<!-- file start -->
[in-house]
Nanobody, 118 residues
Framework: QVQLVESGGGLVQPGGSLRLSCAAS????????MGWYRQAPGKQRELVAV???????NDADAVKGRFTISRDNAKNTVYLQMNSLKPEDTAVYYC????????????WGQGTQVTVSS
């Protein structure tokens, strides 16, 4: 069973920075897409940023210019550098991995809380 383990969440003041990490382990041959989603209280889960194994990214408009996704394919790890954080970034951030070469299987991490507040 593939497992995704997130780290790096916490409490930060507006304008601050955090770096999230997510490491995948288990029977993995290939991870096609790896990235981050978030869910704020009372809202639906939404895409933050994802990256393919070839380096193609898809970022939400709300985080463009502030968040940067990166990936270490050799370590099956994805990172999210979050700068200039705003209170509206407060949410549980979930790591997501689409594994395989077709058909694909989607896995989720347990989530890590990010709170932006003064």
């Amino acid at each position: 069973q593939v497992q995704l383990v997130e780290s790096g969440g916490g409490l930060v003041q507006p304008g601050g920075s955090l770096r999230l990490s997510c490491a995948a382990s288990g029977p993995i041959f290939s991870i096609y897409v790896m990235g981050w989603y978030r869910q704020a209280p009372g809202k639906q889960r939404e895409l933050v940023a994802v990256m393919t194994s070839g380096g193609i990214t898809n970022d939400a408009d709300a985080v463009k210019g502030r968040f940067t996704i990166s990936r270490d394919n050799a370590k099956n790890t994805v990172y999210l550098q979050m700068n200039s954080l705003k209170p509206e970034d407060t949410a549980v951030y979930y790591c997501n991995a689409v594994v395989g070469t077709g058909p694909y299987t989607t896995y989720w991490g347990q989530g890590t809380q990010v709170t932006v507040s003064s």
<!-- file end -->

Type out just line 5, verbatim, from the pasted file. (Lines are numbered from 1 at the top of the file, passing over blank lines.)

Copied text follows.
């Amino acid at each position: 069973q593939v497992q995704l383990v997130e780290s790096g969440g916490g409490l930060v003041q507006p304008g601050g920075s955090l770096r999230l990490s997510c490491a995948a382990s288990g029977p993995i041959f290939s991870i096609y897409v790896m990235g981050w989603y978030r869910q704020a209280p009372g809202k639906q889960r939404e895409l933050v940023a994802v990256m393919t194994s070839g380096g193609i990214t898809n970022d939400a408009d709300a985080v463009k210019g502030r968040f940067t996704i990166s990936r270490d394919n050799a370590k099956n790890t994805v990172y999210l550098q979050m700068n200039s954080l705003k209170p509206e970034d407060t949410a549980v951030y979930y790591c997501n991995a689409v594994v395989g070469t077709g058909p694909y299987t989607t896995y989720w991490g347990q989530g890590t809380q990010v709170t932006v507040s003064s």